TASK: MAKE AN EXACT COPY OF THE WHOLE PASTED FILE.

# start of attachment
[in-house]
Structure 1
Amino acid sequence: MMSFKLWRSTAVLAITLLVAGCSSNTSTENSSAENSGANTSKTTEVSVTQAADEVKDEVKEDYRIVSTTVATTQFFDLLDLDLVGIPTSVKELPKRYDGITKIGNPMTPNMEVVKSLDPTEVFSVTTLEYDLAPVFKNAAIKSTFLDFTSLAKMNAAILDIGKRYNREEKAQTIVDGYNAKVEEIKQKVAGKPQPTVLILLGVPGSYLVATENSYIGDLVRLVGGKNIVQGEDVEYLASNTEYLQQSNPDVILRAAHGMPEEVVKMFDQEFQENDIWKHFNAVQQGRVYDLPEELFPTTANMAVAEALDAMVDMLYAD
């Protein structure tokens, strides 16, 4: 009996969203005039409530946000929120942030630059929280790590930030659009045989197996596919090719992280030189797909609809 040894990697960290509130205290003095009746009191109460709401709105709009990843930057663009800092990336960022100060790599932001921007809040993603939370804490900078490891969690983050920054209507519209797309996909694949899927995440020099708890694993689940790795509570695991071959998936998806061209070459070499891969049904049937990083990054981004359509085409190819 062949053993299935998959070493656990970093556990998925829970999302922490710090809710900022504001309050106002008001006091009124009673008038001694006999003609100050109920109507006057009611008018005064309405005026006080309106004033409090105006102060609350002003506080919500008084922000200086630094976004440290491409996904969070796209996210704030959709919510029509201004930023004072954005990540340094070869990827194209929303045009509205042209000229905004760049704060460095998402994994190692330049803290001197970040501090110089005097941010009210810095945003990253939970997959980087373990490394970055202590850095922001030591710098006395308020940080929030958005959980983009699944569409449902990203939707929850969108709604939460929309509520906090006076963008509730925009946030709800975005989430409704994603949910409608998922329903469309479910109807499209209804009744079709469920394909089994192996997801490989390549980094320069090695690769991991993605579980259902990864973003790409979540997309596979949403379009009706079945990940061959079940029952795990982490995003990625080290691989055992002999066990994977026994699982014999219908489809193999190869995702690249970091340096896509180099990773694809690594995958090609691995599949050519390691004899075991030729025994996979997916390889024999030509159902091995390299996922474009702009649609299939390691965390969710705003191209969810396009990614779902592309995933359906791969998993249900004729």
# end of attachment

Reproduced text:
[in-house]
Structure 1
Amino acid sequence: MMSFKLWRSTAVLAITLLVAGCSSNTSTENSSAENSGANTSKTTEVSVTQAADEVKDEVKEDYRIVSTTVATTQFFDLLDLDLVGIPTSVKELPKRYDGITKIGNPMTPNMEVVKSLDPTEVFSVTTLEYDLAPVFKNAAIKSTFLDFTSLAKMNAAILDIGKRYNREEKAQTIVDGYNAKVEEIKQKVAGKPQPTVLILLGVPGSYLVATENSYIGDLVRLVGGKNIVQGEDVEYLASNTEYLQQSNPDVILRAAHGMPEEVVKMFDQEFQENDIWKHFNAVQQGRVYDLPEELFPTTANMAVAEALDAMVDMLYAD
């Protein structure tokens, strides 16, 4: 009996969203005039409530946000929120942030630059929280790590930030659009045989197996596919090719992280030189797909609809 040894990697960290509130205290003095009746009191109460709401709105709009990843930057663009800092990336960022100060790599932001921007809040993603939370804490900078490891969690983050920054209507519209797309996909694949899927995440020099708890694993689940790795509570695991071959998936998806061209070459070499891969049904049937990083990054981004359509085409190819 062949053993299935998959070493656990970093556990998925829970999302922490710090809710900022504001309050106002008001006091009124009673008038001694006999003609100050109920109507006057009611008018005064309405005026006080309106004033409090105006102060609350002003506080919500008084922000200086630094976004440290491409996904969070796209996210704030959709919510029509201004930023004072954005990540340094070869990827194209929303045009509205042209000229905004760049704060460095998402994994190692330049803290001197970040501090110089005097941010009210810095945003990253939970997959980087373990490394970055202590850095922001030591710098006395308020940080929030958005959980983009699944569409449902990203939707929850969108709604939460929309509520906090006076963008509730925009946030709800975005989430409704994603949910409608998922329903469309479910109807499209209804009744079709469920394909089994192996997801490989390549980094320069090695690769991991993605579980259902990864973003790409979540997309596979949403379009009706079945990940061959079940029952795990982490995003990625080290691989055992002999066990994977026994699982014999219908489809193999190869995702690249970091340096896509180099990773694809690594995958090609691995599949050519390691004899075991030729025994996979997916390889024999030509159902091995390299996922474009702009649609299939390691965390969710705003191209969810396009990614779902592309995933359906791969998993249900004729």